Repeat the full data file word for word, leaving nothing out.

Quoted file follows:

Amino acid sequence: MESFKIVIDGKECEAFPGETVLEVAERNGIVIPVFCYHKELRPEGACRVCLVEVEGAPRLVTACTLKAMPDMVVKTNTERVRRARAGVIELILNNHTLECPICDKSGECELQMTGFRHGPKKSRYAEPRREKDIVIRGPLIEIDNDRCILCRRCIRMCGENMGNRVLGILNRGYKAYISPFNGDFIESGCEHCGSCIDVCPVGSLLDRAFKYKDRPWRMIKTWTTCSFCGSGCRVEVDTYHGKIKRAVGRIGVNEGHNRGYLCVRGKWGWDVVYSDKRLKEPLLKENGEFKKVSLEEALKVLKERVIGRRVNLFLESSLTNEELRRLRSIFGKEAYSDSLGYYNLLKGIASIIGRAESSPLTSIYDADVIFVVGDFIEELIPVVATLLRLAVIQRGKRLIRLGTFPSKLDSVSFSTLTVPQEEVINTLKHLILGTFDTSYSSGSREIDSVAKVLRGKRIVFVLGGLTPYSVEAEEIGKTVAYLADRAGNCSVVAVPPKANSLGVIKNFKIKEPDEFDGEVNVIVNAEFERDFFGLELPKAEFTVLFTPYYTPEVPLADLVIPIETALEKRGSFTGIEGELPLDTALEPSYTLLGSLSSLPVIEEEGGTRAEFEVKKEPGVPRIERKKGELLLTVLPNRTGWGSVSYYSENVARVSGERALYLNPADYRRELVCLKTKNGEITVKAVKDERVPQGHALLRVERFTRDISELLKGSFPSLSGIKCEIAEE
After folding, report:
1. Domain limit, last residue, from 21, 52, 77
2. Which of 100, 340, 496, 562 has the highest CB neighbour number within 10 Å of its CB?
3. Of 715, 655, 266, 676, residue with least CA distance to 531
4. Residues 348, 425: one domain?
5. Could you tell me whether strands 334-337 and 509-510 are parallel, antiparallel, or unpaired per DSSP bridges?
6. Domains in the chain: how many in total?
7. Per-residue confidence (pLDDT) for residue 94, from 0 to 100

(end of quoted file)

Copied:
Amino acid sequence: MESFKIVIDGKECEAFPGETVLEVAERNGIVIPVFCYHKELRPEGACRVCLVEVEGAPRLVTACTLKAMPDMVVKTNTERVRRARAGVIELILNNHTLECPICDKSGECELQMTGFRHGPKKSRYAEPRREKDIVIRGPLIEIDNDRCILCRRCIRMCGENMGNRVLGILNRGYKAYISPFNGDFIESGCEHCGSCIDVCPVGSLLDRAFKYKDRPWRMIKTWTTCSFCGSGCRVEVDTYHGKIKRAVGRIGVNEGHNRGYLCVRGKWGWDVVYSDKRLKEPLLKENGEFKKVSLEEALKVLKERVIGRRVNLFLESSLTNEELRRLRSIFGKEAYSDSLGYYNLLKGIASIIGRAESSPLTSIYDADVIFVVGDFIEELIPVVATLLRLAVIQRGKRLIRLGTFPSKLDSVSFSTLTVPQEEVINTLKHLILGTFDTSYSSGSREIDSVAKVLRGKRIVFVLGGLTPYSVEAEEIGKTVAYLADRAGNCSVVAVPPKANSLGVIKNFKIKEPDEFDGEVNVIVNAEFERDFFGLELPKAEFTVLFTPYYTPEVPLADLVIPIETALEKRGSFTGIEGELPLDTALEPSYTLLGSLSSLPVIEEEGGTRAEFEVKKEPGVPRIERKKGELLLTVLPNRTGWGSVSYYSENVARVSGERALYLNPADYRRELVCLKTKNGEITVKAVKDERVPQGHALLRVERFTRDISELLKGSFPSLSGIKCEIAEE
After folding, report:
1. Domain limit, last residue, from 21, 52, 77
2. Which of 100, 340, 496, 562 has the highest CB neighbour number within 10 Å of its CB?
3. Of 715, 655, 266, 676, residue with least CA distance to 531
4. Residues 348, 425: one domain?
5. Could you tell me whether strands 334-337 and 509-510 are parallel, antiparallel, or unpaired per DSSP bridges?
6. Domains in the chain: how many in total?
7. Per-residue confidence (pLDDT) for residue 94, from 0 to 100